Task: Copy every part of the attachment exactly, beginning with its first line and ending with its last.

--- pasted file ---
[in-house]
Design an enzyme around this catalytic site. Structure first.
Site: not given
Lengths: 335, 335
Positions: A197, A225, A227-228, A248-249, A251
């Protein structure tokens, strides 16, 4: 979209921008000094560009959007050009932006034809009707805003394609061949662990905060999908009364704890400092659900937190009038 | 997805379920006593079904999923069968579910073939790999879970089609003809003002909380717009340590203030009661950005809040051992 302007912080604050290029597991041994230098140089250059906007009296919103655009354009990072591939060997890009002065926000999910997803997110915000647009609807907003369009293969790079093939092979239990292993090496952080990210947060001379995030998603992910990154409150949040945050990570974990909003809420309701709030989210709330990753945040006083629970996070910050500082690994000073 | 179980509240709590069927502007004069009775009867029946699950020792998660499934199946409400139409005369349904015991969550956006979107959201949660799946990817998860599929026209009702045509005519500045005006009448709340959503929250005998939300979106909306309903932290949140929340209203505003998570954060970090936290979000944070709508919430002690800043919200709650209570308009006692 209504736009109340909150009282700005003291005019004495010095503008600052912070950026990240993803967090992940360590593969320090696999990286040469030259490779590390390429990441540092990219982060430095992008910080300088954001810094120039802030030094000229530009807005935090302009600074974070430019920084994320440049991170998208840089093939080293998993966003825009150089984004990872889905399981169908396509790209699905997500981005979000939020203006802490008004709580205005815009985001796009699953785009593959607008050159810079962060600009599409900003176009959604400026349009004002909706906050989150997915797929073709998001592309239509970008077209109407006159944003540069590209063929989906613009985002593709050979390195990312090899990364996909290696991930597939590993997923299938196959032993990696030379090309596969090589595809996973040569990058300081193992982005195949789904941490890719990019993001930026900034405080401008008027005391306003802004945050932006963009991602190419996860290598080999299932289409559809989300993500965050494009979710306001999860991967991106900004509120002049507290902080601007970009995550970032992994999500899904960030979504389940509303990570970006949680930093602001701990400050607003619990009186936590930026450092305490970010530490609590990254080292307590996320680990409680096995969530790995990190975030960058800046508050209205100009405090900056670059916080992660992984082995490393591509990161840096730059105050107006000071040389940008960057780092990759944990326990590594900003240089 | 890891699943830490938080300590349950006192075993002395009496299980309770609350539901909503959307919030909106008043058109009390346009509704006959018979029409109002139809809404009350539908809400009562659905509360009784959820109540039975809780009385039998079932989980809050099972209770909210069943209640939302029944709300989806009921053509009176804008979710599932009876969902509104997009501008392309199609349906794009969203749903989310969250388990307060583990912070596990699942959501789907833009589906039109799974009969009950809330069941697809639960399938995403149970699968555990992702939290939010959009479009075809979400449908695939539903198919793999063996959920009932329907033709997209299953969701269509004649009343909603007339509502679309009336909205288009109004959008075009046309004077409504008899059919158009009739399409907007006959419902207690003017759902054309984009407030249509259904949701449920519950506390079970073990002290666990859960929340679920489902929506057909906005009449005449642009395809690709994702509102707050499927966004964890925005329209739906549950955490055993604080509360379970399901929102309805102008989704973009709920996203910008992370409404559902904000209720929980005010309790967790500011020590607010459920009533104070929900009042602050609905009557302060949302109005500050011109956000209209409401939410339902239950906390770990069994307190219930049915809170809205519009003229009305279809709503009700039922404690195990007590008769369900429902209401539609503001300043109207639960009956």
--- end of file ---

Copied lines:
[in-house]
Design an enzyme around this catalytic site. Structure first.
Site: not given
Lengths: 335, 335
Positions: A197, A225, A227-228, A248-249, A251
């Protein structure tokens, strides 16, 4: 979209921008000094560009959007050009932006034809009707805003394609061949662990905060999908009364704890400092659900937190009038 | 997805379920006593079904999923069968579910073939790999879970089609003809003002909380717009340590203030009661950005809040051992 302007912080604050290029597991041994230098140089250059906007009296919103655009354009990072591939060997890009002065926000999910997803997110915000647009609807907003369009293969790079093939092979239990292993090496952080990210947060001379995030998603992910990154409150949040945050990570974990909003809420309701709030989210709330990753945040006083629970996070910050500082690994000073 | 179980509240709590069927502007004069009775009867029946699950020792998660499934199946409400139409005369349904015991969550956006979107959201949660799946990817998860599929026209009702045509005519500045005006009448709340959503929250005998939300979106909306309903932290949140929340209203505003998570954060970090936290979000944070709508919430002690800043919200709650209570308009006692 209504736009109340909150009282700005003291005019004495010095503008600052912070950026990240993803967090992940360590593969320090696999990286040469030259490779590390390429990441540092990219982060430095992008910080300088954001810094120039802030030094000229530009807005935090302009600074974070430019920084994320440049991170998208840089093939080293998993966003825009150089984004990872889905399981169908396509790209699905997500981005979000939020203006802490008004709580205005815009985001796009699953785009593959607008050159810079962060600009599409900003176009959604400026349009004002909706906050989150997915797929073709998001592309239509970008077209109407006159944003540069590209063929989906613009985002593709050979390195990312090899990364996909290696991930597939590993997923299938196959032993990696030379090309596969090589595809996973040569990058300081193992982005195949789904941490890719990019993001930026900034405080401008008027005391306003802004945050932006963009991602190419996860290598080999299932289409559809989300993500965050494009979710306001999860991967991106900004509120002049507290902080601007970009995550970032992994999500899904960030979504389940509303990570970006949680930093602001701990400050607003619990009186936590930026450092305490970010530490609590990254080292307590996320680990409680096995969530790995990190975030960058800046508050209205100009405090900056670059916080992660992984082995490393591509990161840096730059105050107006000071040389940008960057780092990759944990326990590594900003240089 | 890891699943830490938080300590349950006192075993002395009496299980309770609350539901909503959307919030909106008043058109009390346009509704006959018979029409109002139809809404009350539908809400009562659905509360009784959820109540039975809780009385039998079932989980809050099972209770909210069943209640939302029944709300989806009921053509009176804008979710599932009876969902509104997009501008392309199609349906794009969203749903989310969250388990307060583990912070596990699942959501789907833009589906039109799974009969009950809330069941697809639960399938995403149970699968555990992702939290939010959009479009075809979400449908695939539903198919793999063996959920009932329907033709997209299953969701269509004649009343909603007339509502679309009336909205288009109004959008075009046309004077409504008899059919158009009739399409907007006959419902207690003017759902054309984009407030249509259904949701449920519950506390079970073990002290666990859960929340679920489902929506057909906005009449005449642009395809690709994702509102707050499927966004964890925005329209739906549950955490055993604080509360379970399901929102309805102008989704973009709920996203910008992370409404559902904000209720929980005010309790967790500011020590607010459920009533104070929900009042602050609905009557302060949302109005500050011109956000209209409401939410339902239950906390770990069994307190219930049915809170809205519009003229009305279809709503009700039922404690195990007590008769369900429902209401539609503001300043109207639960009956």